Hackers breach AXA Insurance Singapore's Health Portal, stealing data on 5,400 customers - The Singapore division of life insurance firm AXA Insurance has reportedly suffered a data breach, after hackers stole roughly 5,400 customers' personal information from its Health Portal. https://www.scmagazine.com/hackers-breach-axa-insurance-singapores-health-portal-stealing-data-on-5400-customers/article/687129/

Data breach exposes about 4 million Time Warner Cable customer records - Time Warner Cable, now known as Spectrum, became the latest company to realize exactly how vulnerable its data is when a third-party vendor entrusted with its safety made an error exposing millions of records. https://www.scmagazine.com/data-breach-exposes-about-4-million-time-warner-cable-customer-records/article/686592/

Alaska Office of Children's Services hit with data breach - The Alaska Office of Children's Services (OCS) filed an HIPPA breach notification that states two of its computers may have been breached possibly affecting 500 individuals. https://www.scmagazine.com/alaska-office-of-childrens-services-hit-with-data-breach/article/687437/

Rural New York sheriff's department hacked - The Schuyler County (New York) Sheriff's Department's 911 emergency contact system was temporarily knocked offline by what local officials said was an attack by a foreign country. https://www.scmagazine.com/rural-new-york-sheriffs-department-hacked/article/687772/

Minnesota park computers infected with malware - Minnesota's Department of Natural Resources has warned anyone who paid for purchases at Tettegouche State Park between Aug. 22-25 to look for suspicious activity on their credit card accounts after malware was discovered on the park's computers. https://www.scmagazine.com/minnesota-park-computers-infected-with-malware/article/687735/

LinkedIn Premium accounts being used in phishing scam - LinkedIn and Wells Fargo have found themselves once again at the center of a cyber issue, but this time hackers are using the business-oriented social media site to send phishing InMails posing as a Wells Fargo document. https://www.scmagazine.com/linkedin-premium-accounts-being-used-in-phishing-scam/article/688591/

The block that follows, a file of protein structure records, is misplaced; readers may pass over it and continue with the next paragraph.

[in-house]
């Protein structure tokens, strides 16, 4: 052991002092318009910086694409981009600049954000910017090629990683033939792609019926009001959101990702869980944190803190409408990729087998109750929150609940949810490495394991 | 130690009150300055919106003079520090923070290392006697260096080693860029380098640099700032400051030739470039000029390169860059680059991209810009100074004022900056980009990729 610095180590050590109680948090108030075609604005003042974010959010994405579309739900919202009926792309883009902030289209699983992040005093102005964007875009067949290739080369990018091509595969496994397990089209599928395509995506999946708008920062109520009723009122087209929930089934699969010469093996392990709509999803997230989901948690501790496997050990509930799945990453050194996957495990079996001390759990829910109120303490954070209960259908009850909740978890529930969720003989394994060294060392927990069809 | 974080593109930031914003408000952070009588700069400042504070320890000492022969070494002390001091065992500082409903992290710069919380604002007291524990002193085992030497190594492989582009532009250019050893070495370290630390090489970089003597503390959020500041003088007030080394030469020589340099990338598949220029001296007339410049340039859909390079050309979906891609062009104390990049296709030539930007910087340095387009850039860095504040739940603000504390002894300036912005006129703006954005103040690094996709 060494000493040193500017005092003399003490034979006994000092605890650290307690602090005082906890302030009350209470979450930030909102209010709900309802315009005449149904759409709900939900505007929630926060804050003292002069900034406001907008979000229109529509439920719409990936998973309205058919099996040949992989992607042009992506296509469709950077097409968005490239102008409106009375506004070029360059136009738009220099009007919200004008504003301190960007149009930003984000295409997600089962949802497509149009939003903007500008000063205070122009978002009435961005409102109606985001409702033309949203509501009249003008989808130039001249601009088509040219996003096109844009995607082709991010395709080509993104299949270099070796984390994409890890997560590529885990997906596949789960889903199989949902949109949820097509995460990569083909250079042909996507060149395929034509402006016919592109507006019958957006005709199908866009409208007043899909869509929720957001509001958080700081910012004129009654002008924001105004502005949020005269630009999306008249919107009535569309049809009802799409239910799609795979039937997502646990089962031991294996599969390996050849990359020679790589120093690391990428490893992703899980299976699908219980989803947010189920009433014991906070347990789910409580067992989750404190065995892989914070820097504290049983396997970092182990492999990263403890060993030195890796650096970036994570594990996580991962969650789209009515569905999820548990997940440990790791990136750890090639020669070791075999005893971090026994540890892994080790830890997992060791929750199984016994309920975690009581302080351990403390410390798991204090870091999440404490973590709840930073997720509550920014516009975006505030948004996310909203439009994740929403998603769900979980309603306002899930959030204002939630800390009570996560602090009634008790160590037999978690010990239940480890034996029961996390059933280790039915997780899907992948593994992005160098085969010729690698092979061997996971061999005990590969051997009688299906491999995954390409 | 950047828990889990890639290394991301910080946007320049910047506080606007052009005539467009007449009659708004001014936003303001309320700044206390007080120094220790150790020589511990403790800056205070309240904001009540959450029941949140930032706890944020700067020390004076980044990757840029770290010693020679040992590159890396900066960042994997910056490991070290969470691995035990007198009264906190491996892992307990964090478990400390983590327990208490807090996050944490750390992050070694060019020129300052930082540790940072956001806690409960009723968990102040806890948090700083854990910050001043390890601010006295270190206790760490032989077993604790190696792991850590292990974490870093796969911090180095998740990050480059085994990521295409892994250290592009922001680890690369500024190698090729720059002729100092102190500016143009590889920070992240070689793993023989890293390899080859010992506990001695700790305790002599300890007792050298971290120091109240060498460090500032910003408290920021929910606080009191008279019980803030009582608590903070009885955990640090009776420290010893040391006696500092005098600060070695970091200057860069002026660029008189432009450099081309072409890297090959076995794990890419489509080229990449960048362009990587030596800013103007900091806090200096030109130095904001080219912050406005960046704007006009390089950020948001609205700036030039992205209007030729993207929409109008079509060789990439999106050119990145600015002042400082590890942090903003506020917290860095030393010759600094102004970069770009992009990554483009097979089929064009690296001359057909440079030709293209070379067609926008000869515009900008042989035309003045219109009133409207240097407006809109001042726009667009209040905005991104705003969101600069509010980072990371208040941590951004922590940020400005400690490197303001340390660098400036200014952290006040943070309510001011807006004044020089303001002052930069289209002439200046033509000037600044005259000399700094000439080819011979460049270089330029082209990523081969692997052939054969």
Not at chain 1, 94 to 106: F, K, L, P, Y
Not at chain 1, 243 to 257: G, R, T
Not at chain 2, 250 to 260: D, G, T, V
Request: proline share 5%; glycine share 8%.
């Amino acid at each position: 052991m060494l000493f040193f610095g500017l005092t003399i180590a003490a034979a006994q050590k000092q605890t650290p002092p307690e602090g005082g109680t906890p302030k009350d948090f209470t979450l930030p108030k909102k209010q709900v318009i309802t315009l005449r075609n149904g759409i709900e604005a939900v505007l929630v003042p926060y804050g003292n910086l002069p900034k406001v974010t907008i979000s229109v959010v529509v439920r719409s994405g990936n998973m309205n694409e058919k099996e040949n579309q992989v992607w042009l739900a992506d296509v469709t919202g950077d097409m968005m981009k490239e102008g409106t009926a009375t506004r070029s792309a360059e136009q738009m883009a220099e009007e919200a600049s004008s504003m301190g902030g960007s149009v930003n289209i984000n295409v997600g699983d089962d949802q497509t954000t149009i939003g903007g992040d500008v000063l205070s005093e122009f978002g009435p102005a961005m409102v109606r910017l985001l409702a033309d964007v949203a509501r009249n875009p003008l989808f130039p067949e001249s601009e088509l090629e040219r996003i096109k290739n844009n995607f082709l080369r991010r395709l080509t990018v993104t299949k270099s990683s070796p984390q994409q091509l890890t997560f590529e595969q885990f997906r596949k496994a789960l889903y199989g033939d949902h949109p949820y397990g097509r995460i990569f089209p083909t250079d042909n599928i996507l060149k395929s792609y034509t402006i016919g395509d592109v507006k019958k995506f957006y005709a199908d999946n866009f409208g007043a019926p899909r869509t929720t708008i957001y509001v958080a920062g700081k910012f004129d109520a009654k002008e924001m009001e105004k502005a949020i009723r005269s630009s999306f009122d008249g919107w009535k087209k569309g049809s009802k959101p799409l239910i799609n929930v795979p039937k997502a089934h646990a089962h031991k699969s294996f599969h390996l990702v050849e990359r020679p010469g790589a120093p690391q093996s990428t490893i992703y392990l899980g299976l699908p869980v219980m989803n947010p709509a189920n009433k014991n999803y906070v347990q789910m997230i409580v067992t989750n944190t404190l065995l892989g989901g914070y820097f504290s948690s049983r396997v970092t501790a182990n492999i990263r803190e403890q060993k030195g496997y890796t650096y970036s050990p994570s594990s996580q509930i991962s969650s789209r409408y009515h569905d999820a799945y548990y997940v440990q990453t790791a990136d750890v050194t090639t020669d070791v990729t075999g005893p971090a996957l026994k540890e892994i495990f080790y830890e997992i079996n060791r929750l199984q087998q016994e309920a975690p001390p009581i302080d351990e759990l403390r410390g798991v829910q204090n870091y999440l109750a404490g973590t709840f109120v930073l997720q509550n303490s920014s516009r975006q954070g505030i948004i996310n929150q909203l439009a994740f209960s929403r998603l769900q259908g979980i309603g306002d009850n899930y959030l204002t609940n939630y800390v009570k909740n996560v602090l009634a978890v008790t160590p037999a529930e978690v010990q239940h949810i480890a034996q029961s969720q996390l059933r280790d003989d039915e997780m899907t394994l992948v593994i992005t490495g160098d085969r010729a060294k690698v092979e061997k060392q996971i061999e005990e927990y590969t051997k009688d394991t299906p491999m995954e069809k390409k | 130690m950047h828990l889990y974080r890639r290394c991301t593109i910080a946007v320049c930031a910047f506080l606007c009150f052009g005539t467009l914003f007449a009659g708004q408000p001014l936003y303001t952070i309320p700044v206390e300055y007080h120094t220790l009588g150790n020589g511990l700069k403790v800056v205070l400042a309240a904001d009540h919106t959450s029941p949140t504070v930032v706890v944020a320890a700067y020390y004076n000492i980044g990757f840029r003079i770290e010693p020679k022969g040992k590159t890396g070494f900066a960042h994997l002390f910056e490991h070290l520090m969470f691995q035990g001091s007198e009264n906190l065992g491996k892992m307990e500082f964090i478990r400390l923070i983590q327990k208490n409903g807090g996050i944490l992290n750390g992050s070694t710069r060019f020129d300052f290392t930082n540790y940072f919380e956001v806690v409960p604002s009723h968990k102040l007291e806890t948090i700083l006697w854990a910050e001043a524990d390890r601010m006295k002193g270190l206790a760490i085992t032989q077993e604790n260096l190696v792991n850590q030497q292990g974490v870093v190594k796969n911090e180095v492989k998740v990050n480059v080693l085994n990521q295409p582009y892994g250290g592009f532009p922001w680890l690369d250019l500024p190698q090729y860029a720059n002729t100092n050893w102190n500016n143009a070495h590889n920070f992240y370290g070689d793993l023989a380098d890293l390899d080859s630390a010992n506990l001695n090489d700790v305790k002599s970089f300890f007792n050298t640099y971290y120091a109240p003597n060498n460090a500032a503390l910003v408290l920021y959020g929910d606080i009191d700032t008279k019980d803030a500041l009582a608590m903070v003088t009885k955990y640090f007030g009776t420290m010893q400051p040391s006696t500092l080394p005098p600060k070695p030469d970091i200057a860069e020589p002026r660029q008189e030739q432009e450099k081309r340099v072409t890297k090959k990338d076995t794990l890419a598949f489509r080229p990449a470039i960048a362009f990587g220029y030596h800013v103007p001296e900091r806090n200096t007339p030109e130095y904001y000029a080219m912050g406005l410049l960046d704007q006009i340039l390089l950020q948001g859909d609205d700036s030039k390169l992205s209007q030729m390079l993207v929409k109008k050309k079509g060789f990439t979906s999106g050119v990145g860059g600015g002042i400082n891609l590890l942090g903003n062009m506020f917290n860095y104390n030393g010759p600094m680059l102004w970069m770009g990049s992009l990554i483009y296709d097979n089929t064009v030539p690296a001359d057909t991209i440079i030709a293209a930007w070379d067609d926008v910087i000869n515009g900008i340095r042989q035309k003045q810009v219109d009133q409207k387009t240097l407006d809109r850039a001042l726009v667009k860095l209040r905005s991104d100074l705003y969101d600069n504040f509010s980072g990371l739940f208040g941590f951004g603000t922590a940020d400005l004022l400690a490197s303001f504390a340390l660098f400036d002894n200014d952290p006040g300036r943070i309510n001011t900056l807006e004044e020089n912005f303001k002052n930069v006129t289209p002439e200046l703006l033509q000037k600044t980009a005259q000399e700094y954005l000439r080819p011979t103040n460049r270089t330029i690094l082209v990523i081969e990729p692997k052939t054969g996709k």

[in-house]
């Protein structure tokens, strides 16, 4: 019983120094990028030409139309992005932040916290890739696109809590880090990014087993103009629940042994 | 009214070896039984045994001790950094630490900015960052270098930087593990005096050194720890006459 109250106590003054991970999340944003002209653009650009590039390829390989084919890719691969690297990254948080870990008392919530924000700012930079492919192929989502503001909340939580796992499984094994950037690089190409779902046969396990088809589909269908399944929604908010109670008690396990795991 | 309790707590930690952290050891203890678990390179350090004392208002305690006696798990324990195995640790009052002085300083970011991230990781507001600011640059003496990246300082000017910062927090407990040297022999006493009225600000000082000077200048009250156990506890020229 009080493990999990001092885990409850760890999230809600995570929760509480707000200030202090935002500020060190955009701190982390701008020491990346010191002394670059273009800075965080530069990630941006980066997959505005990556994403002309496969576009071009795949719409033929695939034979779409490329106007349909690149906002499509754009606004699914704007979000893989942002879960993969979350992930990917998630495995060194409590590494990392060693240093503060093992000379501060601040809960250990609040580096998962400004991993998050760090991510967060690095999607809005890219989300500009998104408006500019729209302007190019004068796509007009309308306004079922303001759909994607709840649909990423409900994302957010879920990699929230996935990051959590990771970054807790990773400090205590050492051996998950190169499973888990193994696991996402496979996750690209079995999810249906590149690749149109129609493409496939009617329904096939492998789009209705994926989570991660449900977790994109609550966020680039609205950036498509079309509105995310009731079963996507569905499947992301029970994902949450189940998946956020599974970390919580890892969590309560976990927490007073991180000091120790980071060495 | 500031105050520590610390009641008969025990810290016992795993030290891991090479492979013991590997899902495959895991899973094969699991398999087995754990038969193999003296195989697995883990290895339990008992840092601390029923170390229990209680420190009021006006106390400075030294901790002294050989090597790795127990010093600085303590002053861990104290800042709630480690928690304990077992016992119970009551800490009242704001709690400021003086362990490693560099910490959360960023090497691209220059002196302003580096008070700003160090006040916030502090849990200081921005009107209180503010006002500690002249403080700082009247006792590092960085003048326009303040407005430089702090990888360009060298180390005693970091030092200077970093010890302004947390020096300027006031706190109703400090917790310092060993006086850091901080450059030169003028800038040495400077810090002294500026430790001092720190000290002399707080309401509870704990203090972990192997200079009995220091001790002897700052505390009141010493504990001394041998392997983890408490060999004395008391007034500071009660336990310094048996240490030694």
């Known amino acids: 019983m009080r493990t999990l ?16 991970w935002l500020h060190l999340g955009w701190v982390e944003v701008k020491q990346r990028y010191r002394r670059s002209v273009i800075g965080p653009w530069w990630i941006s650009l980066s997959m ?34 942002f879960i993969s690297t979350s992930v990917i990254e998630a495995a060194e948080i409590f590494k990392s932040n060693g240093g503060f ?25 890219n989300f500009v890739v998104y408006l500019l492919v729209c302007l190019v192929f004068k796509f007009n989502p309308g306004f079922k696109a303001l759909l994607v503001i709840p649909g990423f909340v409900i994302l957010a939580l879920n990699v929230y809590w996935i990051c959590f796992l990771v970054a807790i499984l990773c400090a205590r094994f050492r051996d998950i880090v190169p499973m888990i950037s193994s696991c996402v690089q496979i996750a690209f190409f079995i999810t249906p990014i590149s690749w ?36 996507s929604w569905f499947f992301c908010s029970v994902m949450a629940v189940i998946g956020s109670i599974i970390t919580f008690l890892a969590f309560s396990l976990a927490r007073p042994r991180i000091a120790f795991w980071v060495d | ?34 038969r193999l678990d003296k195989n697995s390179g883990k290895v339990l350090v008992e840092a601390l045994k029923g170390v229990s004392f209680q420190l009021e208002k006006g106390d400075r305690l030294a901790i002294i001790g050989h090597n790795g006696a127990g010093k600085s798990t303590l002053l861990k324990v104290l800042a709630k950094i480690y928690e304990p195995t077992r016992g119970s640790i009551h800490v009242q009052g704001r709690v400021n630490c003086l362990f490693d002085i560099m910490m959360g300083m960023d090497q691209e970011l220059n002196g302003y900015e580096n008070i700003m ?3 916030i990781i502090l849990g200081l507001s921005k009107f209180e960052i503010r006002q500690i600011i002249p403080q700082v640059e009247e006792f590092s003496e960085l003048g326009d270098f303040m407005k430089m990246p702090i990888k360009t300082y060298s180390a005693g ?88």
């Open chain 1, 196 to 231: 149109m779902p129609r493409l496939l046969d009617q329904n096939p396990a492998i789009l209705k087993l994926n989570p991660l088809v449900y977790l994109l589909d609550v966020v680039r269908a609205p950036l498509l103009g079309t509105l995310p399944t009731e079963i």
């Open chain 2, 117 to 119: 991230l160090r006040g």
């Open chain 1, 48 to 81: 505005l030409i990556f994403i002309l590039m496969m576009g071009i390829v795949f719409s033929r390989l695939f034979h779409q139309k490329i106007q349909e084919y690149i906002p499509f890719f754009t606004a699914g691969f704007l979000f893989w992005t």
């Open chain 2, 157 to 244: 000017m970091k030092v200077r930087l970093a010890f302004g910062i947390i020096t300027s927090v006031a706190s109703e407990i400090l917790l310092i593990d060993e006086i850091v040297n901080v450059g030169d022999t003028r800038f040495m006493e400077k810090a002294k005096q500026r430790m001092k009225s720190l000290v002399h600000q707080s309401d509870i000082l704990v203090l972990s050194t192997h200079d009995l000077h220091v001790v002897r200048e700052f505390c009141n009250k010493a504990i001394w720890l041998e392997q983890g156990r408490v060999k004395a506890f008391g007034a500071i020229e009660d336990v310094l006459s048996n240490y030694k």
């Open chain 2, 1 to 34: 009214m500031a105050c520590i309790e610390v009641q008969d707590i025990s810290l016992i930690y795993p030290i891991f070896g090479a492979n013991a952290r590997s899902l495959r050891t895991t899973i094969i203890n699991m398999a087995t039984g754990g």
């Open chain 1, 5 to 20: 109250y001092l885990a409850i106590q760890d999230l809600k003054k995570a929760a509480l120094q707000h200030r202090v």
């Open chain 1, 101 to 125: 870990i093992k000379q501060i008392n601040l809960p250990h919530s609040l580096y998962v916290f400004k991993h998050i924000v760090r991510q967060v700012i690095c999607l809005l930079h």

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OCC - Threats from Fraudulent Bank Web Sites - Risk Mitigation and Response Guidance for Web Site Spoofing Incidents (Part 5 of 5)  Next week we will begin our series on the Guidance on Safeguarding Customers Against E-Mail and Internet-Related Fraudulent Schemes
PROCEDURES TO ADDRESS SPOOFING - Contact the OCC and Law Enforcement Authorities
  If a bank is the target of a spoofing incident, it should promptly notify its OCC supervisory office and report the incident to the FBI and appropriate state and local law enforcement authorities.  Banks can also file complaints with the Internet Fraud Complaint Center (see http://www.ic3.gov), a partnership of the FBI and the National White Collar Crime Center.
  In order for law enforcement authorities to respond effectively to spoofing attacks, they must be provided with information necessary to identify and shut down the fraudulent Web site and to investigate and apprehend the persons responsible for the attack.  The data discussed under the "Information Gathering" section should meet this need.
  In addition to reporting to the bank's supervisory office and law enforcement authorities, there are other less formal mechanisms that a bank can use to report these incidents and help combat fraudulent activities.  For example, banks can use "Digital Phishnet" (http://www.digitalphishnet.com/), which is a joint initiative of industry and law enforcement designed to support apprehension of perpetrators of phishing-related crimes, including spoofing.  Members of Digital Phishnet include ISPs, online auction services, financial institutions, and financial service providers.  The members work closely with the FBI, Secret Service, U.S. Postal Inspection Service, Federal Trade Commission (FTC), and several electronic crimes task forces around the country to assist in identifying persons involved in phishing-type crimes.

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We continue our series on the FFIEC interagency Information Security Booklet.
 Information security is an integrated process that reduces information security risks to acceptable levels. The entire process, including testing, is driven by an assessment of risks. The greater the risk, the greater the need for the assurance and validation provided by effective information security testing.